Wife in Britain’s first trans couple to marry after both having gender reassignment surgery dies of cancer aged 64 – as husband pays tribute to his ‘beautiful and inspirational’ partner
- ‘Queen’ Helen Fenlon was prominent LGBT+ activist known for community work
- She advised prominent institutions like the CQC and CPS on trans policy
- Helen battled the disease for three months and died on afternoon of February 9
One half of Britain’s first trans couple to marry after both having gender reassignment surgery has paid tribute to his ‘beautiful’ and ‘inspirational’ wife who has died from cancer aged 64.
Felix and Helen Fenlon, a prominent LGBT+ activist, made history when they tied the knot in 2013, having both previously transitioned.
Helen, dubbed ‘Queen Helen’, was well-known in the community for her activism, which saw her host classes and give talks to thousands of people over the years.
She also advised prominent institutions such as the Care Quality Commission and the Crown Prosecution Service on trans policy.
Felix and Helen Fenlon, a prominent LGBT+ activist, made history when they tied the knot in 2013 having both previously transitioned
Helen had battled cancer for the past three months but tragically died from the disease on the afternoon of February 9.
She was diagnosed in November and, by the time she died, it had spread to her brain, lungs and bones. Helen was also suffering from kidney disease and heart disease.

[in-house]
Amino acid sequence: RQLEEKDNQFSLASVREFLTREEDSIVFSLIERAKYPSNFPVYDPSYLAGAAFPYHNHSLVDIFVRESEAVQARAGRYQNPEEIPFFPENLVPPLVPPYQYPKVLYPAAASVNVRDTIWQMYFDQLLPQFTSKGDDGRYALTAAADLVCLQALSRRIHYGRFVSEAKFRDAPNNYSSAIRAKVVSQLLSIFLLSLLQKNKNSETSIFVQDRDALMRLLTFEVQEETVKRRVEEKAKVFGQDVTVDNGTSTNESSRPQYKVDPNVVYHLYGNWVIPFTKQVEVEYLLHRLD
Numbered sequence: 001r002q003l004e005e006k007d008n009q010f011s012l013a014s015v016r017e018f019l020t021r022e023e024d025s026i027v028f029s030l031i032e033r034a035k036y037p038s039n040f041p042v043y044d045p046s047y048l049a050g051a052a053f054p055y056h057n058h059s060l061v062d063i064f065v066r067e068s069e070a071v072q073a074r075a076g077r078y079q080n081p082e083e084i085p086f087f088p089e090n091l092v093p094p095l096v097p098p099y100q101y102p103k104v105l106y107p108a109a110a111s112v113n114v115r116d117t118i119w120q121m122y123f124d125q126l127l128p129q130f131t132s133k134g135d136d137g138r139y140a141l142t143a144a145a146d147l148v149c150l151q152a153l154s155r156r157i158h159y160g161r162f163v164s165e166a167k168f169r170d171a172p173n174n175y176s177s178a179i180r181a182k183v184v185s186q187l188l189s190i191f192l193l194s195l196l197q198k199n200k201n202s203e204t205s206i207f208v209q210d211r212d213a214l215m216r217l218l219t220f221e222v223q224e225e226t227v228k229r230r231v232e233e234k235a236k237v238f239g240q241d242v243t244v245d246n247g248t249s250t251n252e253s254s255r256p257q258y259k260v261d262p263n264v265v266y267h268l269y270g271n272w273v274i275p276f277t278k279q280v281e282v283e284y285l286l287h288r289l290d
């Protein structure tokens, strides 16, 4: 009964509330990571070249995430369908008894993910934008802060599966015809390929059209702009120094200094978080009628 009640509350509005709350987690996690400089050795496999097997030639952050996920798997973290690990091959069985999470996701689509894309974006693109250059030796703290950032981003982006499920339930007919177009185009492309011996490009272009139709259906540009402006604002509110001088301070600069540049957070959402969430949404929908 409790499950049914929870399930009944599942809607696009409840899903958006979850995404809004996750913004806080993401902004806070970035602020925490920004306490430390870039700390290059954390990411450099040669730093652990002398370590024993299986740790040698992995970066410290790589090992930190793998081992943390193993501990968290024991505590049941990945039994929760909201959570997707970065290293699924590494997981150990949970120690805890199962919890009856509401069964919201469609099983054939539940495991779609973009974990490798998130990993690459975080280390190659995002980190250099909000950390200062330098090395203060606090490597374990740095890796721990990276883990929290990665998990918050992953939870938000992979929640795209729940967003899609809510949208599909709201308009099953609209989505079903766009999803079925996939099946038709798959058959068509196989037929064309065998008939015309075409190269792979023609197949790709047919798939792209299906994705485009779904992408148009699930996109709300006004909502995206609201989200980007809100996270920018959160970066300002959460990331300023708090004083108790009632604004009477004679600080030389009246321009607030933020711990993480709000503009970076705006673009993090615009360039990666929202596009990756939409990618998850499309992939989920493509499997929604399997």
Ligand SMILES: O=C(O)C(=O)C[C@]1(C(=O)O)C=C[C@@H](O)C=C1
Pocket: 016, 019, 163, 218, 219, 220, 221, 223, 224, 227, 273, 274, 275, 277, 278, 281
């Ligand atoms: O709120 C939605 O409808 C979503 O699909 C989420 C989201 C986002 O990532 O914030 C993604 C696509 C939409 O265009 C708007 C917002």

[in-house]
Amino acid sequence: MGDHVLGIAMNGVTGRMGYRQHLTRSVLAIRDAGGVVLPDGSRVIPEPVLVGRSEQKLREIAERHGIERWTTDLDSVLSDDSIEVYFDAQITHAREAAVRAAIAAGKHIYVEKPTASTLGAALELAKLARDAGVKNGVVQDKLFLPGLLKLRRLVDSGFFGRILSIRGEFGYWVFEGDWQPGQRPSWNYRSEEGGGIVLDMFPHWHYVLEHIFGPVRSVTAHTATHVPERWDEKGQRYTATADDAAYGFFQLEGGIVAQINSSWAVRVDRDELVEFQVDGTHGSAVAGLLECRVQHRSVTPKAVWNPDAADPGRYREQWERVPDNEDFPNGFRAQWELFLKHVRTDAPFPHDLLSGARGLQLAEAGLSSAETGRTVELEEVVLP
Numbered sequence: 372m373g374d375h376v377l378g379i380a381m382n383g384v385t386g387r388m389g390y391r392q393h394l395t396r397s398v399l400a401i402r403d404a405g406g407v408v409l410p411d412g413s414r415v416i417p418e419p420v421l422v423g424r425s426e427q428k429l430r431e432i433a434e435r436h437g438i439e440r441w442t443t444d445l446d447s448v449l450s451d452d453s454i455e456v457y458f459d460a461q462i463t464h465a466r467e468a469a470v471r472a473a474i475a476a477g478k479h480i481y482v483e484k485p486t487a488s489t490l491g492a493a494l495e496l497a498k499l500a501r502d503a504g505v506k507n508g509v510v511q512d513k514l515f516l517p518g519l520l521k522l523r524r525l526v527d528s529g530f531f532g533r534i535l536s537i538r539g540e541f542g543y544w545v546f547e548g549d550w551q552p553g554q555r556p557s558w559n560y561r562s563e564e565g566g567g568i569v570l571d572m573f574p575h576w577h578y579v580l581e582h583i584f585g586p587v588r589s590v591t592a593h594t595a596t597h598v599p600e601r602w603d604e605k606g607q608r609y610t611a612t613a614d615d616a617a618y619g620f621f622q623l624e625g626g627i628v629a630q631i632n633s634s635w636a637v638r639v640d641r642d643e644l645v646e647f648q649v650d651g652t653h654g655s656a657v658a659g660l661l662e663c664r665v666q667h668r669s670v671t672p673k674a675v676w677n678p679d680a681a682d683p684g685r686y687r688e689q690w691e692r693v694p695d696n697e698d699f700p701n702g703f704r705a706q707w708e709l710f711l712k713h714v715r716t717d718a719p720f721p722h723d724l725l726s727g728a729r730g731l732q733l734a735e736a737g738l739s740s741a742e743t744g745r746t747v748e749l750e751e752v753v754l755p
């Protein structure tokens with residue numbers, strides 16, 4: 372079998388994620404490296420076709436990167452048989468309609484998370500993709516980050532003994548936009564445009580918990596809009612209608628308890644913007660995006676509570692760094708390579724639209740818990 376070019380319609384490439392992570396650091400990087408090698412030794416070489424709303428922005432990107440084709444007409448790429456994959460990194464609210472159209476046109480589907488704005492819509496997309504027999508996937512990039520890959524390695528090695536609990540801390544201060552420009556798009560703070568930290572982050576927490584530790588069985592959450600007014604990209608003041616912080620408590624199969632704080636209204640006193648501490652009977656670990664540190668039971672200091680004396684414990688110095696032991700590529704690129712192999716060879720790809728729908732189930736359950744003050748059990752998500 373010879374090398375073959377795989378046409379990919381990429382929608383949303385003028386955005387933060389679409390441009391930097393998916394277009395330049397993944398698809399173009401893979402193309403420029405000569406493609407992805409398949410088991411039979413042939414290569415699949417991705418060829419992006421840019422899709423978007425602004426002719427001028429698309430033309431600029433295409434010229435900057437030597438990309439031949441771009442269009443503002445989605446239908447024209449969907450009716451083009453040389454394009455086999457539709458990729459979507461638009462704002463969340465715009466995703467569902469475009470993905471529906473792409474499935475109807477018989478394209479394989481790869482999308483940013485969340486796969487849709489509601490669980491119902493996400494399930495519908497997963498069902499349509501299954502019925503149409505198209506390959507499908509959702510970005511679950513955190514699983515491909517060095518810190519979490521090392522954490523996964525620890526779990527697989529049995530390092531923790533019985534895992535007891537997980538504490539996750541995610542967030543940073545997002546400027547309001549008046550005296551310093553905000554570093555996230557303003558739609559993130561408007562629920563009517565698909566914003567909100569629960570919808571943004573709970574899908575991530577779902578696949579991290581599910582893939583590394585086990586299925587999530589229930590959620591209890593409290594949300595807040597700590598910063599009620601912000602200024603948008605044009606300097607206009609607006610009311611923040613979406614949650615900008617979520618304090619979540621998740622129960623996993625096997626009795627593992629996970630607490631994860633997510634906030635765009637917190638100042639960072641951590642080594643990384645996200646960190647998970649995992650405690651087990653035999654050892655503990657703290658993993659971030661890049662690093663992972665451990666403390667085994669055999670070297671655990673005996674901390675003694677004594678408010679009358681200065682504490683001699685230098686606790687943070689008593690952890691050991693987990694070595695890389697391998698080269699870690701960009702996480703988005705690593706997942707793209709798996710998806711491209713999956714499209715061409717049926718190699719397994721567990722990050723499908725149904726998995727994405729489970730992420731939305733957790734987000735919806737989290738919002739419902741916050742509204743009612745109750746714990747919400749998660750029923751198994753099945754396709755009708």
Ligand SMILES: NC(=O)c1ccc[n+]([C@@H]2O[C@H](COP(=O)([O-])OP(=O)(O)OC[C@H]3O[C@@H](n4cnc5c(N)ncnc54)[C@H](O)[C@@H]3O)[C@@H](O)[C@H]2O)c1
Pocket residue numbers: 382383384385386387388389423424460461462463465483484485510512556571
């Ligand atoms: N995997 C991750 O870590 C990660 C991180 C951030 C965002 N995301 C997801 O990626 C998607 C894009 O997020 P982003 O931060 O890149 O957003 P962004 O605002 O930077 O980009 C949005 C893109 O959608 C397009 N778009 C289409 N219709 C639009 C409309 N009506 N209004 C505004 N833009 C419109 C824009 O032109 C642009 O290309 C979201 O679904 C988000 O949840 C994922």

Felix said: ‘Helen was the most supportive, loyal and confident woman you could ever meet.
‘She was my soulmate, I knew she was the one for me from the word go.
‘I saw her as a truly beautiful woman because that’s what she was, the most beautiful woman.’
He added: ‘Helen will be remembered for her inspirational work within the LGBT+ community, having helped so many people over the years.
Helen, dubbed ‘Queen Helen’, was well-known in the community for her activism, which saw her host classes and give talks to thousands of people over the years
‘She put herself out there for others and worked so hard to move things in the right direction.
‘Her legacy will certainly live on, I’ll make sure of that.’
Felix and Helen, who lived in Hull, East Yorkshire, met and got together in 2008 when he was in the process of transitioning from female to male.
He said: ‘Helen played a huge part in the process.
‘She had already gone through a transition herself so she was really helpful and supportive.’
Helen herself began hormone therapy decades earlier in the 1990s and in 2003 she underwent gender reassignment surgery.
She had a degree in social policy and gender studies and worked at Lincoln University as a trans equality and diversity advisor.
In her role, Helen helped promote awareness of trans issues among students, especially those working in health and social care.
She also worked with the CQC and the CPS to ensure their policies were effective.
In addition to her professional endeavours, Helen also performed a huge amount of voluntary work.
With the support of Felix, she set up the Trans Peer Support Group (TPSG) in Hull – a self-funded project to support the city’s trans community.
Felix said: ‘Helen continued to help people and offer them advice right up until the end, that’s the kind of woman she was.’
He added: ‘She was a special person and will be missed dearly.’
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